For 50 years, artist and storyteller Charles Schulz brightened the world with the unique cast of characters in the comic strip "Peanuts." The life and inspiration of the creator of this popular and influential comic strip will be the focus of the exhibition "Inside 'Peanuts': The Life and Art of Charles M. Schulz" at the Mulvane Art Museum June 16 to Sept. 16.
With Charlie Brown, Snoopy, and the rest of the lovable "Peanuts" Gang, Schulz explored the emotional territory of friendship, disappointment, faith and tolerance. He transformed images of everyday life into art that captured the humor, vulnerability and dignity of the human spirit. Through "Peanuts," Schulz connected the world with his drawings and stories.
The exhibition follows Schulz from his Minnesota roots to his life in California and tracks the development of the characters that make up the unique world of "Peanuts." Examples of more than 40 "Peanuts" comic strips, Schulz quotes and photographs, and selected "Peanuts" collectibles will illuminate the story behind the creation of this most popular and influential cartoon strip. Examples of comic strips by George Herriman ("Krazy Kat"), Milton Caniff ("Terry and the Pirates") and Elzie C. Segar ("Thimble Theatre Starring Popeye") will show how these prominent cartoonists influenced Schulz as a young artist and will reveal the contrast of hiss drawing style to the elaborately illustrated cartoons popular during the early 20th century.
“Comic strips are an art form: a means of expressing an idea of a great truth in an abbreviated space,” Schulz noted in 1985. He was “master of the slight incident” and broke new ground for newspaper cartoons by using innovations such as Lucy’s psychiatric booth, Linus’ security blanket (a term Schulz coined), Snoopy’s dog house and Schroeder’s music. He profoundly influenced several generations of cartoonists with his spare graphic style and subtle sense of humor.
Schulz revolutionized the art of the comic strip through his single-handed dedication to the art, wit and wisdom of "Peanuts." For 50 years he researched, wrote, designed and drew each "Peanuts" strip that appeared in daily and Sunday newspapers, producing nearly 18,000 strips. From the comic strip’s humble beginnings in 1950, appearing in only seven newspapers, the popularity and influence of "Peanuts" grew rapidly. By 2000 it was the most successful comic strip in newspaper history, appearing in more than 40 languages, in 75 countries, in more than 2,600 newspapers, with more than 355 million readers. The strip and its characters were also the inspiration for nearly 50 television specials, two plays, four movies, a symphonic concerto, many books and thousands of licensed products. "Peanuts" products became a billion dollar worldwide industry, and Schulz became the highest paid, most widely read cartoonist in history.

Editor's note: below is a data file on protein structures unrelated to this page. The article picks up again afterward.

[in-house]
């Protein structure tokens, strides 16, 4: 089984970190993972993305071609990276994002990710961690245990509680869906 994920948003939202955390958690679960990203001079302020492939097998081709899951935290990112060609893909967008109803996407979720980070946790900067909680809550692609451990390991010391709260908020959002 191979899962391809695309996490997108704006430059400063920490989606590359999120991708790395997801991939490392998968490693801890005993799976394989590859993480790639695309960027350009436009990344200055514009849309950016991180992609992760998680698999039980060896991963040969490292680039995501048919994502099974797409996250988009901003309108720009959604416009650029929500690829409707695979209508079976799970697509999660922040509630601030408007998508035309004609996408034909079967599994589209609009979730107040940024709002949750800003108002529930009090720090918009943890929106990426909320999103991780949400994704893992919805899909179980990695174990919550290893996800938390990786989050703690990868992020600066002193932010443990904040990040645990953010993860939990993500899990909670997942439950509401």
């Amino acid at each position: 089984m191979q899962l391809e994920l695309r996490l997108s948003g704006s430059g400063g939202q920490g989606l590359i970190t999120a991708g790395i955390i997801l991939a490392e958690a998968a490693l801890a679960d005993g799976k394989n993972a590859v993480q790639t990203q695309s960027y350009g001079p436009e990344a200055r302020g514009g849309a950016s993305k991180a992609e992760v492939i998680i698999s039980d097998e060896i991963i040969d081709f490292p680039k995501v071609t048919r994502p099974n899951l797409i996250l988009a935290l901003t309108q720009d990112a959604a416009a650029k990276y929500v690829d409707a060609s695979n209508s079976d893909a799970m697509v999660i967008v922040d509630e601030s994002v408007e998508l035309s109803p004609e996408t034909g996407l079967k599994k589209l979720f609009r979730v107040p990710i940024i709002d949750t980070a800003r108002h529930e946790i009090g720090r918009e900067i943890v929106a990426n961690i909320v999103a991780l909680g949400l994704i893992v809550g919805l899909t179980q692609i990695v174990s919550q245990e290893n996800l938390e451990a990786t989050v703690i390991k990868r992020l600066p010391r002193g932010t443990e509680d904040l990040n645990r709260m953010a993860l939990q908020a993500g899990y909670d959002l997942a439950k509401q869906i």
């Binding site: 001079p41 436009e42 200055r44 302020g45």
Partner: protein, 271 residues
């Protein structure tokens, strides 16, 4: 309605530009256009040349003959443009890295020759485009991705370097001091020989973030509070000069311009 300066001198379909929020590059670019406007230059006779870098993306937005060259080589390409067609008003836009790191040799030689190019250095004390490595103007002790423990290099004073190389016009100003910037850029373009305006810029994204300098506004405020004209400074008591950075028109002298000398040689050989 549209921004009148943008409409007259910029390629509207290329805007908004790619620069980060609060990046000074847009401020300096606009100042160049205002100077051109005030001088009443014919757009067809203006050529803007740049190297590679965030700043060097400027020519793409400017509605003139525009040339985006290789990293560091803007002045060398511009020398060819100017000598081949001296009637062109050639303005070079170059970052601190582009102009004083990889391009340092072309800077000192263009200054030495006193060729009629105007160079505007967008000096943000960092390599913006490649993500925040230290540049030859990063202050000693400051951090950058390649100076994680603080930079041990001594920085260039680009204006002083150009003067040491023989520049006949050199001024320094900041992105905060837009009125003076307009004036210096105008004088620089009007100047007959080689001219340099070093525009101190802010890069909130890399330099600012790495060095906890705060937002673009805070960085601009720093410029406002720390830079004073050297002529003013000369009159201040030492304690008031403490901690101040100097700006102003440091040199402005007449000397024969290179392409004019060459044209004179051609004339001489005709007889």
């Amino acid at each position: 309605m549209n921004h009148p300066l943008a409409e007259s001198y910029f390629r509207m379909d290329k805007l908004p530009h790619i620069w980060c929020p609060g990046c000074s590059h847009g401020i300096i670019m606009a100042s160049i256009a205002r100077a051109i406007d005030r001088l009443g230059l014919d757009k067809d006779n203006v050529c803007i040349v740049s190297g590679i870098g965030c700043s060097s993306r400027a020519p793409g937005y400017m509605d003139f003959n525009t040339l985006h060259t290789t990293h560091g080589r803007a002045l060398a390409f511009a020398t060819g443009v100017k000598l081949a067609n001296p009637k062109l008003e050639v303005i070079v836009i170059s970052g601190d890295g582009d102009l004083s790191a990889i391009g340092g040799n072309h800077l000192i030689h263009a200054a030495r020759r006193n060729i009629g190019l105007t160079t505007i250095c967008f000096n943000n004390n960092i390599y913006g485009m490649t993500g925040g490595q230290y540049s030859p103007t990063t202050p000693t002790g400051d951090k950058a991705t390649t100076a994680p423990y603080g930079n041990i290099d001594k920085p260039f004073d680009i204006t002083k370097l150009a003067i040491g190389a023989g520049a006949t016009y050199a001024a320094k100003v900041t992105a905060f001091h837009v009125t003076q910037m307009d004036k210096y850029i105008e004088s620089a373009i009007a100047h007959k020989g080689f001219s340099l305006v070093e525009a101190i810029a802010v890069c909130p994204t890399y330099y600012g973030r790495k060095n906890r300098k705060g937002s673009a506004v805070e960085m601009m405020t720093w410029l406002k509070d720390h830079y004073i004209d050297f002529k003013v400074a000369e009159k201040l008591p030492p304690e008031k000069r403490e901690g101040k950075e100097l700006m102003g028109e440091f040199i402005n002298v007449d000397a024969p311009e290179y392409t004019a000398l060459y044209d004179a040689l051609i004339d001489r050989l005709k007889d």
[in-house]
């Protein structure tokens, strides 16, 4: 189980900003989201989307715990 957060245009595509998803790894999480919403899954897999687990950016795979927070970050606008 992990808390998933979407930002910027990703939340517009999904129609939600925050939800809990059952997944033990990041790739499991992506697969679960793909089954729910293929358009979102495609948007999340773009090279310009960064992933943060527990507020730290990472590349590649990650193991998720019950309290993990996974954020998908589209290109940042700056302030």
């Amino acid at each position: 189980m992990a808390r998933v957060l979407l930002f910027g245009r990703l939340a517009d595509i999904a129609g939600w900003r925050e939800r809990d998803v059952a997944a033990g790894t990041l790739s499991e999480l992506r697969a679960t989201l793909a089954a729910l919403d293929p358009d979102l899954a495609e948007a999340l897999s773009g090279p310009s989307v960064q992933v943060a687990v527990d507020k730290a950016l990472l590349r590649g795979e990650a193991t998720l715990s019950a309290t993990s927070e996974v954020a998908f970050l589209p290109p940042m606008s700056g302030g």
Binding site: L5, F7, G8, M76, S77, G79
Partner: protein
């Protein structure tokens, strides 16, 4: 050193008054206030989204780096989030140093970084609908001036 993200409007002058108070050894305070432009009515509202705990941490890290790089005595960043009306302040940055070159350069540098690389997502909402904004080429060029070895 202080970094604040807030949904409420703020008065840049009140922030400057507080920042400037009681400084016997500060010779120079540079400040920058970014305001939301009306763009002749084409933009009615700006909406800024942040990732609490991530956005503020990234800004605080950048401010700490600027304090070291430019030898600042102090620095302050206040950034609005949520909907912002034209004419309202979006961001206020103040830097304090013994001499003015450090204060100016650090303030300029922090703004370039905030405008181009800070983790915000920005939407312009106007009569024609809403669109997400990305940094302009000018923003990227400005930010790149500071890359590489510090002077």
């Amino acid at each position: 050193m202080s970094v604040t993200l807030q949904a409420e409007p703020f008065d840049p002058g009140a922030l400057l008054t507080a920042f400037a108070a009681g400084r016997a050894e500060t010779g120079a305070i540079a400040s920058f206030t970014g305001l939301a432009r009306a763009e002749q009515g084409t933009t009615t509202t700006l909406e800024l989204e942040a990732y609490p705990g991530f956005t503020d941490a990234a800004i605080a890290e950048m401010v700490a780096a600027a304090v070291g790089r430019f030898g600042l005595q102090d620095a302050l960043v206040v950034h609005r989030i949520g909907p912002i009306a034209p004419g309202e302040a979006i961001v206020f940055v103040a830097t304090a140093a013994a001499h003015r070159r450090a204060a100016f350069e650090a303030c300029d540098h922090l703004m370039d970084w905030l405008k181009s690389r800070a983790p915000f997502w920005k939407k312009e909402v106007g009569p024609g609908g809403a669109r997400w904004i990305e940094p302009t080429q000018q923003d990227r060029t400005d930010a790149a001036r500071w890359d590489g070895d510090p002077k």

Schulz officially retired in 1999 and always intended that the strip would retire with him. In early 2000, at age 77, just hours before the final "Peanuts" strip appeared in Sunday newspapers, Charles Schulz died at his home in Santa Rosa, Calif. The next morning, tributes ran in newspapers around the world, including one from then-U.S. President Bill Clinton in USA Today: “The hopeful and hapless Charlie Brown, the joyful Snoopy, the soulful Linus, even the crabby Lucy, give voice, day after day, to what makes us human
Inside 'Peanuts': The Life and Art of Charles M. Schulz" was organized by the Charles M. Schulz Museum and Research Center in Santa Rosa, Calif. This exhibition is currently on an international tour around the world.
The exhibit is sponsored in part by AT&T, the Real Yellow Pages and yellowpages.com.
Family event on June 23: "Peanuts" Friends and Family Day! Drawing! Painting! Collage! 1 to 4 p.m., Saturday, June 23. Visit the "Inside 'Peanuts': Works by Charles M. Schulz Exhibition," and come to ArtLab to re-create your favorite "Peanuts" character, or design your own character.
The Mulvane Art Museum is located at 17th and Jewell Streets on the campus of Washburn University. Museum, ArtLab and Gift Shop hours are 10 a.m. to 7 p.m. Tuesday, 10 a.m. to 5 p.m. Wednesday-Friday and 1 to 4 p.m. Saturday and Sunday.
Admission to the Museum and the ArtLab are free and open to the public. Free parking is conveniently located to the west of the museum. For more information call (785) 670-1124 or go to washburn.edu/mulvane.
Cindi Morrison, director, Mulvane Art Museum, (785) 670-1124
Gina Huntsinger, marketing director, Charles M. Schulz Museum and Research Center, (707) 579-4452, ext. 268
Melissa Menta, "Peanuts" Worldwide LLC, (212) 293-8506
About the Charles M. Schulz Museum and Research Center:
Open since 2002, the Charles M. Schulz Museum and Research Center is located in Santa Rosa, Calif., and houses the largest collection of historical artifacts and original artwork by and about Charles M. Schulz in the world. The Schulz Museum features more than 6,000 square feet of gallery space; a re-creation of Schulz’s studio office; outdoor gardens and exhibits (including a Snoopy labyrinth and a kite-eating tree); a 100-seat theatre; a research library and archives; and an education room with hands-on activities and classes. For more information on the Charles M. Schulz Museum and Research Center, go to schulzmuseum.org.